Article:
CHARLOTTE, N.C. ( TheStreet) -- Labor contracts at US Airways ( LCC) could pose a problem as the airline pursues an effort to merge with bankrupt AMR ( AAMRQ.PK). Contracts with pilots and flight attendants, signed during the carrier's 2002 bankruptcy, both contain "snapback" provisions that would bring wages back to pre-bankruptcy levels in the event of a change of control. Unions sought the provisions so that employees would benefit if their bankruptcy concessions led to a successful outcome. In the case of pilots, wages would increase by about 50% if the provision was implemented.
Two recent events are bringing renewed attention to the contracts. First, US Airways is ratcheting up efforts to convince creditors of bankrupt American of a merger's benefits, according to people close to the creditors committee. "There's a lot of energy coming out of Phoenix," said one. Additionally, flight attendants last month overwhelmingly rejected a tentative contract agreement that included elimination of the snapback provision. The tentative agreement retains a provision that in the event of a merger laid-off flight attendants would be entitled to 60% of their salary for five years, likely ensuring that none would be laid off. The "end point of negotiations" came when management backed off efforts to eliminate the 60% guarantee, which it "desperately wanted to get rid of," said former union president Mike Flores, in a February interview with TheStreet. Even though snapback agreements are often unenforced, they give unions leverage. Some flight attendants have said that elimination of the snapback provision was a factor in their decisions to vote against the contract. It is unclear whether a transaction involving AMR would involve a change of control. For instance, US Airways could acquire the carrier in bankruptcy court. On the other hand, in the 2005 merger between US Airways and America West, bankrupt US Airways Group technically acquired America West, although America West's management team took over and its Phoenix headquarters was retained. In the case of US Airways pilots, a snapback provision was considered to be a barrier to a 2010 effort to merge with United ( UAL). In a presentation to pilots that year at the carrier's Charlotte training center, CEO Doug Parker discussed the provision.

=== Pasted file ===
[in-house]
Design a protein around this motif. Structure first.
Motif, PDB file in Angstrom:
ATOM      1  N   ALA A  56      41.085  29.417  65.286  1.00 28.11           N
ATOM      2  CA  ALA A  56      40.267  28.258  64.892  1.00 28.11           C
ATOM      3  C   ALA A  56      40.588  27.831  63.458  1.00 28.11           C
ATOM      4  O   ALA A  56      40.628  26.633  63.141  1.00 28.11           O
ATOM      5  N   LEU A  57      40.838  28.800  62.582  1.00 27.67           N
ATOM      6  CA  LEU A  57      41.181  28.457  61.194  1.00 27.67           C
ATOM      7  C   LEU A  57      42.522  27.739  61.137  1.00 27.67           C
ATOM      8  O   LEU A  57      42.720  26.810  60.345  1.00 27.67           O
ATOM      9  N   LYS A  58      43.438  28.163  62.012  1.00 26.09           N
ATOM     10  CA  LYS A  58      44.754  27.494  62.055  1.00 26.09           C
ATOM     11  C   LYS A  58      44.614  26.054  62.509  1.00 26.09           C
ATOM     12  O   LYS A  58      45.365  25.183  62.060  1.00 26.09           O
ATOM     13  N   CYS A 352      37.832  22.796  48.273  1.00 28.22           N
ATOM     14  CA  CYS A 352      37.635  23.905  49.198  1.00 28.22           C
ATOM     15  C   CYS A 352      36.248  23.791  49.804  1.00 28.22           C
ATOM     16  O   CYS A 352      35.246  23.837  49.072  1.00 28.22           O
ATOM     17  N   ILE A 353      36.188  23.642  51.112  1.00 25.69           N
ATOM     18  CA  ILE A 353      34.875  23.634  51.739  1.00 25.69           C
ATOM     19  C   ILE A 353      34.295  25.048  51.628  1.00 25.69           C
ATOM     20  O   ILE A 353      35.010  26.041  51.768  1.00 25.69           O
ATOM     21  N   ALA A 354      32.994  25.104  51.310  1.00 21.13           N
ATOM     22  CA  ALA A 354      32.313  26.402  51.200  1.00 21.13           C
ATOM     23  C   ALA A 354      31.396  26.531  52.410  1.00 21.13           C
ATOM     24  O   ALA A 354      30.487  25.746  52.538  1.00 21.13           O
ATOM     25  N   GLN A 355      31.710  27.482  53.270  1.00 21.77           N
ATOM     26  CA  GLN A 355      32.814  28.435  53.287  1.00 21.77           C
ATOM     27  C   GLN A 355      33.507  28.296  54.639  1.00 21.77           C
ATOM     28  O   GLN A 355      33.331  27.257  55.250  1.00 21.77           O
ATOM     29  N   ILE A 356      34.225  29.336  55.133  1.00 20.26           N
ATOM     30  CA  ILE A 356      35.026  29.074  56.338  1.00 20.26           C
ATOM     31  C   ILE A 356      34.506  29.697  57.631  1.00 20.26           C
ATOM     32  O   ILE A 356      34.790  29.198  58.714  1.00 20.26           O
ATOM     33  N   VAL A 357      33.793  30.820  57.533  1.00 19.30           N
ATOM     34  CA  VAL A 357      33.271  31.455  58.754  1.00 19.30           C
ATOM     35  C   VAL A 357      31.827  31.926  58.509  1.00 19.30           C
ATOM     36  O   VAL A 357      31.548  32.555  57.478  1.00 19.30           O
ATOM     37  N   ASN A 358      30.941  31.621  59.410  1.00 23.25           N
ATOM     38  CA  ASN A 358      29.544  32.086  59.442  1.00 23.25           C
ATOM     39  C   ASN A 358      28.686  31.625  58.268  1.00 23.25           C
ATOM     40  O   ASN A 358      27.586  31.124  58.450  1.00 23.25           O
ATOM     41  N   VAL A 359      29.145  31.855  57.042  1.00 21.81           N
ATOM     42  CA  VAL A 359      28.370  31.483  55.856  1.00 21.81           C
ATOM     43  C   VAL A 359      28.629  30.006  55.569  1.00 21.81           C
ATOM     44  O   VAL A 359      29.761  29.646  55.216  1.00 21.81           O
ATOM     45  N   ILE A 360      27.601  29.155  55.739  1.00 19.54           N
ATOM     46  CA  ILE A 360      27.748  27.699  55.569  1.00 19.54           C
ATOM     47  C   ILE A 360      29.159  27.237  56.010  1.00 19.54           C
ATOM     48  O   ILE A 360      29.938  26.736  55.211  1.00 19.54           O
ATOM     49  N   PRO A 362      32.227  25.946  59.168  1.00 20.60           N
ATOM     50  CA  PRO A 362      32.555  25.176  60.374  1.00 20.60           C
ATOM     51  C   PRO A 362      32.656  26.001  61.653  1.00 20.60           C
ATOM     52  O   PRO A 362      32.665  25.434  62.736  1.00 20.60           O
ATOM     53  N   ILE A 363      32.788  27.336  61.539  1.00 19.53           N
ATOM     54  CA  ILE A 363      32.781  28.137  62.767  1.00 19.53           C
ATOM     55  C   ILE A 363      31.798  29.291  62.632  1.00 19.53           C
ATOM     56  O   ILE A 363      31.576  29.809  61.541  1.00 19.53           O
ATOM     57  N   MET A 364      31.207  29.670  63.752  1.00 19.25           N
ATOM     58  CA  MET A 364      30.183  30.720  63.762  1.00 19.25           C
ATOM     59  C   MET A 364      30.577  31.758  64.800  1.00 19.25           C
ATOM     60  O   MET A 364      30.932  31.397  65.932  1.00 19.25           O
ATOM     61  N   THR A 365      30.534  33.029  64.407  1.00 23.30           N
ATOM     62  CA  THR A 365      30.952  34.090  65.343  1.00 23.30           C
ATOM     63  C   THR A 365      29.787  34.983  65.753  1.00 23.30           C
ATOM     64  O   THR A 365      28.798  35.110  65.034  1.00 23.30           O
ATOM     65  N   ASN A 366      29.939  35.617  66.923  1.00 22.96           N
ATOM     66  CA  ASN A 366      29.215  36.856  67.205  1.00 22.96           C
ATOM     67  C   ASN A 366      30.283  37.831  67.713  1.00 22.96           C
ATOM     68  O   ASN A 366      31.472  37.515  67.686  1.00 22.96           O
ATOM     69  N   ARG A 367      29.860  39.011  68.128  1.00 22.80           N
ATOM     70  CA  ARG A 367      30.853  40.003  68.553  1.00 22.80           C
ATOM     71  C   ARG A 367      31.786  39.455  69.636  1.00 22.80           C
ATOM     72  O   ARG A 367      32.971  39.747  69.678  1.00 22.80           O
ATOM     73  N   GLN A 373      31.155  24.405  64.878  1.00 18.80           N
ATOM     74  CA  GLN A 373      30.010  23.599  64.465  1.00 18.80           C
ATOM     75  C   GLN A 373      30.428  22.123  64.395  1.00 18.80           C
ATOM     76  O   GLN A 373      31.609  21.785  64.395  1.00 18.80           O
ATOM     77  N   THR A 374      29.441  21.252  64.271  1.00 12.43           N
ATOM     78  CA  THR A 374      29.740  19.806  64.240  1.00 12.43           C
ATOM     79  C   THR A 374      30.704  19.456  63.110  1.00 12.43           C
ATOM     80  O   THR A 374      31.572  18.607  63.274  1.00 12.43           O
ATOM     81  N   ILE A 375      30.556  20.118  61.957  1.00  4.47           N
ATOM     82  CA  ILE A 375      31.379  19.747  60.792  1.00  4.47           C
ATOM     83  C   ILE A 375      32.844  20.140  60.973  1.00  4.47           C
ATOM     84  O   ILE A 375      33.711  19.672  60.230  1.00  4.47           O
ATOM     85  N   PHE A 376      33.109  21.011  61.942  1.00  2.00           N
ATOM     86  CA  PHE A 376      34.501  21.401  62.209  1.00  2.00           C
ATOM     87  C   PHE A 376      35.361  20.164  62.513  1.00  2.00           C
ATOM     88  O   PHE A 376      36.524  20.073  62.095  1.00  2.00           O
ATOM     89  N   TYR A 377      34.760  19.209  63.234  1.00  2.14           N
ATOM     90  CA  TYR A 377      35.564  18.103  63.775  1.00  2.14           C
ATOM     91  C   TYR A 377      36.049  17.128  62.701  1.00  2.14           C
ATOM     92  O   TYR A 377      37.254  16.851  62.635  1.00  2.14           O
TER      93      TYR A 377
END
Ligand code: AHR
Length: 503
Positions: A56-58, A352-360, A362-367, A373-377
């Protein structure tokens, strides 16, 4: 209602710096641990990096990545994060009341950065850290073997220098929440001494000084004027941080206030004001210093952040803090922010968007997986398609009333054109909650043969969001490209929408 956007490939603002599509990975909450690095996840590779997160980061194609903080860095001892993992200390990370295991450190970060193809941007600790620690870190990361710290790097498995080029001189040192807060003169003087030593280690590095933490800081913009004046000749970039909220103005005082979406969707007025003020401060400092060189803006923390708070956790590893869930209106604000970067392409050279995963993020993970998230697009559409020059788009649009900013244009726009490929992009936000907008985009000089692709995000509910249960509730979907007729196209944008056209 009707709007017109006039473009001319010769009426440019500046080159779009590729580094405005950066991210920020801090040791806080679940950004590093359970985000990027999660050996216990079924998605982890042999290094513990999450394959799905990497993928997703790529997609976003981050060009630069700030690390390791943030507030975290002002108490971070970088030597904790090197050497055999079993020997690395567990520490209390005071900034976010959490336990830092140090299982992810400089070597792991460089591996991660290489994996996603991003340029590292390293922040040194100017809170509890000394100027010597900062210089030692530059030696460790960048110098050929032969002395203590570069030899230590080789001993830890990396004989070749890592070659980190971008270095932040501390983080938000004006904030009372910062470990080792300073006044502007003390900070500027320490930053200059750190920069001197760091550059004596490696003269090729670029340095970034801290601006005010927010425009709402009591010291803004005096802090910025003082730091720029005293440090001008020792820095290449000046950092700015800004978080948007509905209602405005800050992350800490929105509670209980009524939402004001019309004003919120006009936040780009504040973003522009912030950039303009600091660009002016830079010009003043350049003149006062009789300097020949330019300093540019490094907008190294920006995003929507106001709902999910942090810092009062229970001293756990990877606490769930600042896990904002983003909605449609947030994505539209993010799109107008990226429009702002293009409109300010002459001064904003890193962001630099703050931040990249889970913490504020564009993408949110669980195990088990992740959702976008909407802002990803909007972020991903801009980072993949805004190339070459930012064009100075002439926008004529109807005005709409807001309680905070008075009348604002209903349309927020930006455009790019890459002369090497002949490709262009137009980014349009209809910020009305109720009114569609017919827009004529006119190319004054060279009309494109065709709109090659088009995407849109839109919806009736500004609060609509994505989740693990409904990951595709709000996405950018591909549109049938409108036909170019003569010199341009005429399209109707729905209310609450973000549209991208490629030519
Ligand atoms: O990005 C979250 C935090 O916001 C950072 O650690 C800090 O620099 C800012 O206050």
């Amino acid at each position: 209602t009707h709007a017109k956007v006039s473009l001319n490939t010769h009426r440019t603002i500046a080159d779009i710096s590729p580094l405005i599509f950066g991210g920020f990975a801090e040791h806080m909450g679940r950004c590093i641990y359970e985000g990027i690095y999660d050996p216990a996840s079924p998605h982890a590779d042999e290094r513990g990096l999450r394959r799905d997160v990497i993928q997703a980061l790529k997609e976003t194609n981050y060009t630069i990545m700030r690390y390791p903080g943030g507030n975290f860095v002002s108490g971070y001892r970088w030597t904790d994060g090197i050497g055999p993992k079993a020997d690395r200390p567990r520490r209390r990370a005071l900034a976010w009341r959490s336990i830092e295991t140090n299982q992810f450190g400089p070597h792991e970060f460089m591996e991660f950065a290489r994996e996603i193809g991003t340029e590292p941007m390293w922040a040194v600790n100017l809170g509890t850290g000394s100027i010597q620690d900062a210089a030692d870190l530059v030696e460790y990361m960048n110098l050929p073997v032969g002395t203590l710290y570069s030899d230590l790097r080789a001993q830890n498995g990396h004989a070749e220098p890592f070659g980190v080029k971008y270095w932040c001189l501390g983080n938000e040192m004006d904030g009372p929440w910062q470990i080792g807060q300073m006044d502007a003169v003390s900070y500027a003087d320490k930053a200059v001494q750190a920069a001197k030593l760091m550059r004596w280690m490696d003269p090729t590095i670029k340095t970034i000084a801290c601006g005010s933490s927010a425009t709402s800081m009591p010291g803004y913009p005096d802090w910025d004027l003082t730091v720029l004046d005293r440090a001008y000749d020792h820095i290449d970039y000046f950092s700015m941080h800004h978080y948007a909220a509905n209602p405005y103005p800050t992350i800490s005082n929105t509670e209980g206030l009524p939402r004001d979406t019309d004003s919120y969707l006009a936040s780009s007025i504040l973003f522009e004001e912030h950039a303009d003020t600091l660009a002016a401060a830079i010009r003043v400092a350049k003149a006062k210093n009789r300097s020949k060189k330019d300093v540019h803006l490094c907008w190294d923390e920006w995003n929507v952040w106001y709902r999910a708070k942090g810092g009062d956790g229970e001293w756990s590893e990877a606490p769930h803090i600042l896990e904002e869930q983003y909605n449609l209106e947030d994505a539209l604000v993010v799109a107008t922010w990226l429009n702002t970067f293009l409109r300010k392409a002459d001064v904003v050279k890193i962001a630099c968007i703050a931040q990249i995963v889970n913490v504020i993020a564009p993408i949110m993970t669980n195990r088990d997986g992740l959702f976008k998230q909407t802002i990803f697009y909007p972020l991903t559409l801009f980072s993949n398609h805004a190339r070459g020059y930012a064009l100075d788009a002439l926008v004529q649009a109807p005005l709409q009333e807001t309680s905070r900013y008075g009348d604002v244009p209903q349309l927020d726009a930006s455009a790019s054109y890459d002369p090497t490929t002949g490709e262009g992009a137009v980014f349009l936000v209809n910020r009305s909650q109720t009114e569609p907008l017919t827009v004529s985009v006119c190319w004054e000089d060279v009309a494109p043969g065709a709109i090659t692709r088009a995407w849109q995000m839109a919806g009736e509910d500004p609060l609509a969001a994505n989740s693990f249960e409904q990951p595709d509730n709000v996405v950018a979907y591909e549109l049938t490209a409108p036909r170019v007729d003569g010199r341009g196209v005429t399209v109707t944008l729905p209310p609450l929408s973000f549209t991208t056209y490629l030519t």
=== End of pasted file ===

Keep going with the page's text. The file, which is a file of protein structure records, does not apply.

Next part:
"We've had talks with airlines in the past," Parker said then. "This (provision) always comes up. (It) is a large issue in consolidation talks. There will not be a merger if that's where the pay rates go. Anybody we would merge with can't let the pay rates go to those levels. "You can't have both," Parker added. "You can't have a merger with that provision. (It) will either result in a merger never being done or it will be a merger that doesn't trigger that provision." Although former leaders of the U.S. Pilots Airline Association were often perceived as obstreperous, in the spring of 2010 they acted to work with the carrier to enable a merger with United, and Parker subsequently praised those efforts. Parker has said that US Airways has a 10% revenue disadvantage to the Big Three airlines, which have hubs in cities with higher levels of local traffic, and that lower employee costs make up for the revenue disadvantage. A merger would enable better contracts at US Airways, he has said. "The change of control provision provides US Airways pilots with a tremendous amount of leverage should a transaction occur," said USAPA spokesman James Ray. "In order for US Airways pilots to support a merger, it has to recognize the sacrifices that this pilot group made in two bankruptcies, which put us in the position we are today, where we can possibly make a deal that benefits employees and investors at both airlines." -- Written by Ted Reed in Charlotte >To contact the writer of this article, click here: Ted Reed >To follow the writer on Twitter, go to http://twitter.com/tedreednc.